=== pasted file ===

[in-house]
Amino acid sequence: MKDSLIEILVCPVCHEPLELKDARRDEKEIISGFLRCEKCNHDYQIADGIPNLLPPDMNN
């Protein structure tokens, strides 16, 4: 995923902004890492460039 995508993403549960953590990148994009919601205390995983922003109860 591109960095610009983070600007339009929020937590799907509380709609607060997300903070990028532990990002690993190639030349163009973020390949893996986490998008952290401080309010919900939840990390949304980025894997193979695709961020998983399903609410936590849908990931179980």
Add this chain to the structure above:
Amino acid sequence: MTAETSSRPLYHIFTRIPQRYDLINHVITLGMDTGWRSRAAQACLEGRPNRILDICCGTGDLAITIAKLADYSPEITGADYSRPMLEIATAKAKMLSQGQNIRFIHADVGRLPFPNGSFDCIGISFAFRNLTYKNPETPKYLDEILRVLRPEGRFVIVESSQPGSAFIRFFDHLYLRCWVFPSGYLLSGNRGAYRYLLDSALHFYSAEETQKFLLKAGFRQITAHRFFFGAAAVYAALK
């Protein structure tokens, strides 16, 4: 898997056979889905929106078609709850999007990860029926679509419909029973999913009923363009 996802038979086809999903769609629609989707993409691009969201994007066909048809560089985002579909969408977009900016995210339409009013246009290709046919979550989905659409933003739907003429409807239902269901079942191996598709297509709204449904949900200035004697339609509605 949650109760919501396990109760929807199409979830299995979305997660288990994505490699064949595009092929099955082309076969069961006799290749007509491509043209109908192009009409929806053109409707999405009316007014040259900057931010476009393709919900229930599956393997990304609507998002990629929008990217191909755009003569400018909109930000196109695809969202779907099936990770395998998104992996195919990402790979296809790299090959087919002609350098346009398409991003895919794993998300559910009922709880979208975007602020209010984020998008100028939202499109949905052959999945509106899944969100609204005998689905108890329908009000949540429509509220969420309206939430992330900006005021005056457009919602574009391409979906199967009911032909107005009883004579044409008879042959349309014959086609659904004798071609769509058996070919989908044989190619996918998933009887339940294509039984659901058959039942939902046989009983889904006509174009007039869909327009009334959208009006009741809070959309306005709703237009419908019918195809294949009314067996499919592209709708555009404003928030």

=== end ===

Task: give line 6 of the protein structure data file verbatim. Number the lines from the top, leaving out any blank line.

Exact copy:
């Protein structure tokens, strides 16, 4: 898997056979889905929106078609709850999007990860029926679509419909029973999913009923363009 996802038979086809999903769609629609989707993409691009969201994007066909048809560089985002579909969408977009900016995210339409009013246009290709046919979550989905659409933003739907003429409807239902269901079942191996598709297509709204449904949900200035004697339609509605 949650109760919501396990109760929807199409979830299995979305997660288990994505490699064949595009092929099955082309076969069961006799290749007509491509043209109908192009009409929806053109409707999405009316007014040259900057931010476009393709919900229930599956393997990304609507998002990629929008990217191909755009003569400018909109930000196109695809969202779907099936990770395998998104992996195919990402790979296809790299090959087919002609350098346009398409991003895919794993998300559910009922709880979208975007602020209010984020998008100028939202499109949905052959999945509106899944969100609204005998689905108890329908009000949540429509509220969420309206939430992330900006005021005056457009919602574009391409979906199967009911032909107005009883004579044409008879042959349309014959086609659904004798071609769509058996070919989908044989190619996918998933009887339940294509039984659901058959039942939902046989009983889904006509174009007039869909327009009334959208009006009741809070959309306005709703237009419908019918195809294949009314067996499919592209709708555009404003928030």